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5 Questions to Ask When Choosing a Fraud Prevention Tool

Table of content

  • Online fraud: the shape-shifting enemy
  • The main challenges of fraud prevention
  • Major fraud prevention systems
  • Choosing the right cloud-based features

The fraud-detection market is set to reach $41 Billion by 2022. This lets us know two things. One, businesses are willing to spend increasing amounts to reduce their fraud losses. Two, we will surely see an explosion in the number of fraud prevention tools in the oncoming years.

So how do you pick a fraud prevention tools that is efficient, future-proof and the right fit for your business? Just begin by asking the following 5 questions before choosing it.

1 What Kind of Fraud Prevention System is it?

Unfortunately, not all of fraud prevention tools are created equal. Roughly speaking, you have 4 choices here:

  • Niche API Solutions: These focus on aggregating data from various sources, and sharing it amongst companies to get a good picture of who fraudsters might be. Usually require one license per provider, which means costs can quickly add up. A middleware platform needs to be built, which also increases budget..
  • Traditional, Legacy Platforms: Fraud prevention is nothing new, and some services have been in operation for many years. They also operate by trading data between enterprises to predict fraudster abuse. However, what they gain in maturity is often lost in agility and affordability. The offers are often pricey, and the technology dated, making integration into new platforms less intuitive than with newer solutions.
  • In-House solutions: Staffing your own fraud prevention department is absolutely possible. It is usually preferred for data-privacy reasons, and the team will benefit from great insider knowledge about the company. Unfortunately, the main issue is with scaling. Salaries and costs aren’t easy to budget when you never know how regular fraud attacks will be.
  • Cloud Based Solutions: Cloud based solutions from third-party providers have a number of advantages. Scaling possibilities are an obvious one, as you can pay depending on usage. This, of course, has a strong influence on costs and reducing overheads. Similarly, updates and bug fixes are all taken care of by the provider. No need to monitor upgrades or to develop extra features in-house.

2 Does it Accept Custom Data and Parameters?

The more accurate data you feed into the system, the more precise the results. Commonly, this data is acquired through fields, which users fill in with personal information such as name, date of birth or email address.

However, digital wallet operators (online casinos or marketplaces) have very different needs from online retailers. To adapt to industry-specific needs, the provider should offer the ability to process custom fields and parameters. Ideally, merchant-specific requests are handled with ease, and at no extra costs.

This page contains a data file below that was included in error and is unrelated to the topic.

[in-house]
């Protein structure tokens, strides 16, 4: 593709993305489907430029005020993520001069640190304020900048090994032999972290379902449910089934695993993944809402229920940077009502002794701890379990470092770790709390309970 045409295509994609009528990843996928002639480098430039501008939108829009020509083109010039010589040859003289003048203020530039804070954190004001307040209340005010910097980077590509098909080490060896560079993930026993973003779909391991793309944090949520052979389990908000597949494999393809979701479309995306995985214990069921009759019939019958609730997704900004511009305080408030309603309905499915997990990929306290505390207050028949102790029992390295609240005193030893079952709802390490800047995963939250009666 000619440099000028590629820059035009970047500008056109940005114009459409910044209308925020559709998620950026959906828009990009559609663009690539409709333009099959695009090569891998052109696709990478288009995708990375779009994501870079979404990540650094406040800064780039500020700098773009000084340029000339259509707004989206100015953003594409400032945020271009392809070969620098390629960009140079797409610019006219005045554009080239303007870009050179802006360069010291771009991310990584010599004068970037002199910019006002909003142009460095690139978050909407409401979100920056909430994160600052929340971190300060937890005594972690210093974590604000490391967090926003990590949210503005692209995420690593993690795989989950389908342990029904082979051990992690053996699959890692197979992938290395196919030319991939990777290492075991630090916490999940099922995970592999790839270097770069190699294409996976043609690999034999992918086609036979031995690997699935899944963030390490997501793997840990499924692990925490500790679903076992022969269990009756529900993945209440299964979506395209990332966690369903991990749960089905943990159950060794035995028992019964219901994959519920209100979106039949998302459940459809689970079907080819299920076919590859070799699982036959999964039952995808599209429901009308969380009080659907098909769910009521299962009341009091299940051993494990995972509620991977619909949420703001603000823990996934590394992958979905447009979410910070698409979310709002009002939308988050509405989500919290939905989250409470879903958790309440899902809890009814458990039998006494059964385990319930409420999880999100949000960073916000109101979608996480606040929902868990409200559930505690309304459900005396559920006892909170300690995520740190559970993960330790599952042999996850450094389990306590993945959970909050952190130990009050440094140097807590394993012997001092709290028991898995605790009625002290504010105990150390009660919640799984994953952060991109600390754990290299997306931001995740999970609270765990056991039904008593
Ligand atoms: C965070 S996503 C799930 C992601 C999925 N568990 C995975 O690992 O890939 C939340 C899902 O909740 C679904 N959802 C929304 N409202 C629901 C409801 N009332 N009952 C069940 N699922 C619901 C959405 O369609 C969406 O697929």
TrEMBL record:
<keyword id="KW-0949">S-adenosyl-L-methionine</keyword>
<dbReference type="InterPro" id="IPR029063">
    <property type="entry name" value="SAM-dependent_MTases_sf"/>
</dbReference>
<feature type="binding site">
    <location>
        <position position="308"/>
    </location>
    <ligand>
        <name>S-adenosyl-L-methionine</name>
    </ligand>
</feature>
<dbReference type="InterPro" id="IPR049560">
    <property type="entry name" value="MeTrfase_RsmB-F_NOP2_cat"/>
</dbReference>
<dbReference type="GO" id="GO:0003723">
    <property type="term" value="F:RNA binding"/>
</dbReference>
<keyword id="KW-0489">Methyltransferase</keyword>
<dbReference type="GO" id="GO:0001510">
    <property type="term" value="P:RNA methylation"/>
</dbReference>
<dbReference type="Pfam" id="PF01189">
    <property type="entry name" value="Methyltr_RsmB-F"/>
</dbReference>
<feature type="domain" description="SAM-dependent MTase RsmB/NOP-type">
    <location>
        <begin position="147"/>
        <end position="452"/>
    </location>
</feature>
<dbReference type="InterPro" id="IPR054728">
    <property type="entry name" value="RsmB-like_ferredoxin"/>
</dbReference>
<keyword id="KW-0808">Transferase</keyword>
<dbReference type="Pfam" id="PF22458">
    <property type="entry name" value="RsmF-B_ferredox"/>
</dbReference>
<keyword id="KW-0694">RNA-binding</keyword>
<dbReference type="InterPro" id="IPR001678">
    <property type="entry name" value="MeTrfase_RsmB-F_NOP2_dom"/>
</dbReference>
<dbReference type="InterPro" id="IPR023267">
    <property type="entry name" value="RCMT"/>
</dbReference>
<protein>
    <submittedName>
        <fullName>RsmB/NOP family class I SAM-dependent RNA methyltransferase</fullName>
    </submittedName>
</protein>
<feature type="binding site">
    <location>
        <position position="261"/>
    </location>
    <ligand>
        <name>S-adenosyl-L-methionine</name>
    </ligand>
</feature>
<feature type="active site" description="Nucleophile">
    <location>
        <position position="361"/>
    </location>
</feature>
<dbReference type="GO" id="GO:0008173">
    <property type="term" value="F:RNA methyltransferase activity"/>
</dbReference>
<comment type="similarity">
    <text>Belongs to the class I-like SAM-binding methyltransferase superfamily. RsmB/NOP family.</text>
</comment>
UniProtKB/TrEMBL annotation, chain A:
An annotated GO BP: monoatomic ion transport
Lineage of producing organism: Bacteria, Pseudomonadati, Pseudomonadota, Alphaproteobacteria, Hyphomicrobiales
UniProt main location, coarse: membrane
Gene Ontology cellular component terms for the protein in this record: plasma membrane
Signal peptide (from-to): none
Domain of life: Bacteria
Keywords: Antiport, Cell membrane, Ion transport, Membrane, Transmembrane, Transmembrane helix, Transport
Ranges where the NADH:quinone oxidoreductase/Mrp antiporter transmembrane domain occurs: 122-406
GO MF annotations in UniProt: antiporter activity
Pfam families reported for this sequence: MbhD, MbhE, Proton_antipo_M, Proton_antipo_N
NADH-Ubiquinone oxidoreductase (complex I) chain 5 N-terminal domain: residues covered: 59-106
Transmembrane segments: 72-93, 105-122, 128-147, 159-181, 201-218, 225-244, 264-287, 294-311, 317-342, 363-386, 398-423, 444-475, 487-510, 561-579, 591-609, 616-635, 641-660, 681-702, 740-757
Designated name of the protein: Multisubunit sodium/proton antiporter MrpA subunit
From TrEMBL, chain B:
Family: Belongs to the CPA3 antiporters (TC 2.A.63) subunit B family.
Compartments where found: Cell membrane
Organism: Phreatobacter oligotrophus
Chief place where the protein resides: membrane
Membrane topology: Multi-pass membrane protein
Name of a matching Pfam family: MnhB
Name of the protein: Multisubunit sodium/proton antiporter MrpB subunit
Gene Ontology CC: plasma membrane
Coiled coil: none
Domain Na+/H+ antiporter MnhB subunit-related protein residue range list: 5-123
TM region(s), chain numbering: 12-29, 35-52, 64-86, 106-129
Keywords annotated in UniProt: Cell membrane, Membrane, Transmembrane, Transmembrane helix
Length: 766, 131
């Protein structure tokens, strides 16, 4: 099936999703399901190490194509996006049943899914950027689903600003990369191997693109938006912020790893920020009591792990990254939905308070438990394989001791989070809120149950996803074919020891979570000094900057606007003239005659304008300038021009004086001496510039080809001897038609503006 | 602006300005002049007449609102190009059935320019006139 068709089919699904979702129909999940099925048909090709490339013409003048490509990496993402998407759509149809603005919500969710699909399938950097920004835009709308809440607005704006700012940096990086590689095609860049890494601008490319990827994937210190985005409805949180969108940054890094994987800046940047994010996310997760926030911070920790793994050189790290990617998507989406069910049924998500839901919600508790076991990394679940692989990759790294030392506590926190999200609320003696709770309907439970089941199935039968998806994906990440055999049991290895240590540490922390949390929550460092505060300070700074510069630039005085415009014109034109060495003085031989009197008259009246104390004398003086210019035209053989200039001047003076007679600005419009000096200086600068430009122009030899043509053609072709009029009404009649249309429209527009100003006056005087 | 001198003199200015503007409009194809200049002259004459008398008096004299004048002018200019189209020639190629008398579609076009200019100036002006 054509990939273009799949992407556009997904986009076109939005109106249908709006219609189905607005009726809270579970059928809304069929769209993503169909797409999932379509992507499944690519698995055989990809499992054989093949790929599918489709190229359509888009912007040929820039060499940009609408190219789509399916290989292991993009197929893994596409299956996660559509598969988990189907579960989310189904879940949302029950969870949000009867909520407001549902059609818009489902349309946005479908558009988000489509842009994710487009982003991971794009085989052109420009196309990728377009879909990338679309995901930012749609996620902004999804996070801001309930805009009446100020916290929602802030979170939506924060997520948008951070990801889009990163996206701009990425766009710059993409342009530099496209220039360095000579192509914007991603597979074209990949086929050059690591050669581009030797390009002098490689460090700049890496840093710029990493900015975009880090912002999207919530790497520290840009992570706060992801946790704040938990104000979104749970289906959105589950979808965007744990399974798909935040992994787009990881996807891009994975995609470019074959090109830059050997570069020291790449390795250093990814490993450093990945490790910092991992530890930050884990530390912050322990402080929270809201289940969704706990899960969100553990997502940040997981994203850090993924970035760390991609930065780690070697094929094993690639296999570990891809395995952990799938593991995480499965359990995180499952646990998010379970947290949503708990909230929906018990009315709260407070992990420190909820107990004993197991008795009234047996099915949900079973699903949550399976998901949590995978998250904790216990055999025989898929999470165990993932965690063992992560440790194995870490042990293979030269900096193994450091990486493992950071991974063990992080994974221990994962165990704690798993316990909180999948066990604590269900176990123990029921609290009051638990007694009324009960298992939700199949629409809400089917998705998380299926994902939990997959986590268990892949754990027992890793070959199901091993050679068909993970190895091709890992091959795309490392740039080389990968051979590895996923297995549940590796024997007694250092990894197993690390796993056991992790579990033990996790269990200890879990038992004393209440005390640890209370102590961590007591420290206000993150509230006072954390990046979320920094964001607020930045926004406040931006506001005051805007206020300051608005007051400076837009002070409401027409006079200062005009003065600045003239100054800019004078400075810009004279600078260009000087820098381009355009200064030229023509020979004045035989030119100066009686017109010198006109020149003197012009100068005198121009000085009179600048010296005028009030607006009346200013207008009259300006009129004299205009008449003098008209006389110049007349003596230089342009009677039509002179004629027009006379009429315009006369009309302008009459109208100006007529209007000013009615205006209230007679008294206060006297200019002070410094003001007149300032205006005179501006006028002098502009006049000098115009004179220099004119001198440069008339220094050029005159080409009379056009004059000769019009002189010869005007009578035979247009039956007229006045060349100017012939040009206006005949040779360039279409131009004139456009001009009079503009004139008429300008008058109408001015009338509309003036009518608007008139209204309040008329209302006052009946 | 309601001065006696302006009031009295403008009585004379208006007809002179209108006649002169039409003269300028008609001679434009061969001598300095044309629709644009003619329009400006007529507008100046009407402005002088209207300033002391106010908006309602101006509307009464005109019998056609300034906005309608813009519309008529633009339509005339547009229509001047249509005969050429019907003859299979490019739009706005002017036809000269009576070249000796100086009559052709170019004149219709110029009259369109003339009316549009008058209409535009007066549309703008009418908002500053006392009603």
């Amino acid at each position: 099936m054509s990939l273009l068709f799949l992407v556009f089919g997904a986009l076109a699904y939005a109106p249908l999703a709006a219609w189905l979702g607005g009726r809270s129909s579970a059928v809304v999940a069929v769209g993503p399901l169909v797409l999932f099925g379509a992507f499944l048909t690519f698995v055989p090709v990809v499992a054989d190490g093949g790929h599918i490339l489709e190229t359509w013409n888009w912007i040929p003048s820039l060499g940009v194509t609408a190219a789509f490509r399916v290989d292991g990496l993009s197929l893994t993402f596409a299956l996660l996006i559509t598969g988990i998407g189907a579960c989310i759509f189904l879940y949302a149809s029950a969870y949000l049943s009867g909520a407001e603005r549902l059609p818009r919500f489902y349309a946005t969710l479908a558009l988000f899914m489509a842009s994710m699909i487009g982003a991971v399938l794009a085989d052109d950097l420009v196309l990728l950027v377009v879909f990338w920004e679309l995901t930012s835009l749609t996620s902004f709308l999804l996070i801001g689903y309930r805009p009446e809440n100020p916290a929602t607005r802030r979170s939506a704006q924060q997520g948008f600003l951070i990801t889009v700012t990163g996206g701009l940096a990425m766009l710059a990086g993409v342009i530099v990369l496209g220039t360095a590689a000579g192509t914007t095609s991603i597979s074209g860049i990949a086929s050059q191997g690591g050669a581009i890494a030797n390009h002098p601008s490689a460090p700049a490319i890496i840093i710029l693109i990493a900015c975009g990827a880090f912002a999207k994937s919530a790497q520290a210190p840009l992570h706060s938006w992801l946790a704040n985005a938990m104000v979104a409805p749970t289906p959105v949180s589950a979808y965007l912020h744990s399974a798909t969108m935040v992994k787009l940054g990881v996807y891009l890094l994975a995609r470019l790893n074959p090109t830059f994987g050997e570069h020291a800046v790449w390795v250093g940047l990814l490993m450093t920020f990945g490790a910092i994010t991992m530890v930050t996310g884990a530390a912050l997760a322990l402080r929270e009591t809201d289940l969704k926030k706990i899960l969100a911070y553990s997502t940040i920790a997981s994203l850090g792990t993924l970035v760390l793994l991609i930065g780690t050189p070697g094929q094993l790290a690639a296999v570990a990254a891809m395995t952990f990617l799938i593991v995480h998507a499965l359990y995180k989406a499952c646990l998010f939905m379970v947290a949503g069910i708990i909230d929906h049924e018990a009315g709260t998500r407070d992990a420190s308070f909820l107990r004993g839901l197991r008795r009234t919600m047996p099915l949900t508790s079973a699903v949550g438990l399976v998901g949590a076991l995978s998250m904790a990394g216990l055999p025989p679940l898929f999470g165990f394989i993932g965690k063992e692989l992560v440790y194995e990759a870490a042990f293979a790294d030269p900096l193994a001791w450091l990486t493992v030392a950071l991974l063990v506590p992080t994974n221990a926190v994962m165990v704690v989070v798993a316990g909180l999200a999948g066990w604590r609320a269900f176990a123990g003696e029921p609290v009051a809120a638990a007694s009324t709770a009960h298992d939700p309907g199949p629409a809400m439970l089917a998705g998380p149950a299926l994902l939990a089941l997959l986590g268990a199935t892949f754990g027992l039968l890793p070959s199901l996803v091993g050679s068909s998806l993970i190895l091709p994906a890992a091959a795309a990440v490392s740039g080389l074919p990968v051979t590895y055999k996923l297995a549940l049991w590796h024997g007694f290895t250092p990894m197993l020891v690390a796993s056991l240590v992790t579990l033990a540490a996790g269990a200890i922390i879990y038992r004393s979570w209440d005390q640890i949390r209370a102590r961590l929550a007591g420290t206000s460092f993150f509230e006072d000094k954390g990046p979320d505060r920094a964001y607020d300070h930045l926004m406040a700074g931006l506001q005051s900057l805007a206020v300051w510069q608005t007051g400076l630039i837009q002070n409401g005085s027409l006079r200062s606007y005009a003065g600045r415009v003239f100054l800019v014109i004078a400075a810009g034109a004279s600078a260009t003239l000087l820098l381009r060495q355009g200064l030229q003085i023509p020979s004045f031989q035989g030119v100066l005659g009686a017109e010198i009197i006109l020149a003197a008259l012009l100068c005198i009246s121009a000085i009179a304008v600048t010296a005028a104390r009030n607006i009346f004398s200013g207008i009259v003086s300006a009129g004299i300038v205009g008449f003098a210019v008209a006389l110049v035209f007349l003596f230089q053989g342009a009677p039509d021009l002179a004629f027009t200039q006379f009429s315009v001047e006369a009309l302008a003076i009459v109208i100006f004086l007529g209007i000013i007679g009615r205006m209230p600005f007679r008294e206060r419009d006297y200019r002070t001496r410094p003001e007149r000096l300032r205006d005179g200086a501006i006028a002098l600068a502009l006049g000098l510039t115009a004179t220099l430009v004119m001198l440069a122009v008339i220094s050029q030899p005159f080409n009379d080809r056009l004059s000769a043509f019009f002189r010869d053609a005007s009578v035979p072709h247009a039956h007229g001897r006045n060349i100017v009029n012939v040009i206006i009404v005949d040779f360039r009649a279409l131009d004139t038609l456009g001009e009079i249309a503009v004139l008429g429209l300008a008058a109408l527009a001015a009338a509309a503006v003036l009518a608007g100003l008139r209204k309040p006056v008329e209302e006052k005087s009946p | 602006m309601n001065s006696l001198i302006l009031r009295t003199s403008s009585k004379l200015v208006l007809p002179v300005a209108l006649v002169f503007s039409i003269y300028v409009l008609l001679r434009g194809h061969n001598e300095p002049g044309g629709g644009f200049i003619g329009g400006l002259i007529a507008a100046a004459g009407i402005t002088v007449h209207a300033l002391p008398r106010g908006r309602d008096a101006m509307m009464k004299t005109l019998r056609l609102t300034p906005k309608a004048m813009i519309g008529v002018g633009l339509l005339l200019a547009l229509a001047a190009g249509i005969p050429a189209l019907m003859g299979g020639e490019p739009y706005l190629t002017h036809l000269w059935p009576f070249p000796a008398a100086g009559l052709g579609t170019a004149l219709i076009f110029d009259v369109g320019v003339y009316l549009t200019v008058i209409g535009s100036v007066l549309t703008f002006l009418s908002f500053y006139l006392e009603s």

One classic example is that fraudsters typically buy more size 9 shoes online as they are easier to resell. Could your solution incorporate this knowledge into its rule-decision model?

3 How Fast Are The Decisions?

Accuracy is one thing, speed is another hugely important metric. Once integrated into your platform, how quickly can you make a decision to allow processes? Ideally, your fraud prevention tool should offer real-time blocking and a short response time.

The system should also process asynchronous requests, whereby one data point is immediately checked, while other data points are queued up for analysis without slowing down the customer experience.

4 Is the Risk-Scoring Adjustable?

Fraud detection systems usually deliver results via scoring or classification. The former gives you a better picture of how much trust you can put into each user. With classifications, you only get a yes or no, which can be particularly troublesome if the solution isn’t completely whitebox.

However, both methods can become misleading if your tool lacks the ability to fine-tune its scoring or classification model. It is always worth asking the provider in advance if manual adjustments are available, and how they are performed.

5 Is it Whitebox or Blackbox?

Whether a solution is white or blackbox simply describes how much transparency you get as a user. Blackbox solutions do not go the extra mile to explain their decision, which makes them harder to fine tune. Whitebox solutions, on the other hand, will give clear explanations in the form of decision trees or human-readable translations of the system’s reasoning.

As you can imagine, it is highly advantageous to go for the latter. Your team will be able to make sense of the data, not blindly follow an unintelligible machine-given score.

Final Thoughts

With a growing number of fraud-prevention tools and fraud attacks to defend, it can be easy for merchants to be confused. It is bad enough to fight relentless fraud attacks, on top of that they must now face challenges when choosing the right solution.

Hopefully, this article will serve as a good primer. And don’t forget to download our eBook for even more in-depth information such as:

  • The state of fraud prevention
  • Current challenges of fraud prevention tools
  • 6 extra questions to ask when choosing your tool

The document is designed to answer questions for fraud managers and business owners of all sizes, and in all verticals, whether you want to reduce fraud for an ecommerce, financial institution, online gambling platform or travel industry company.

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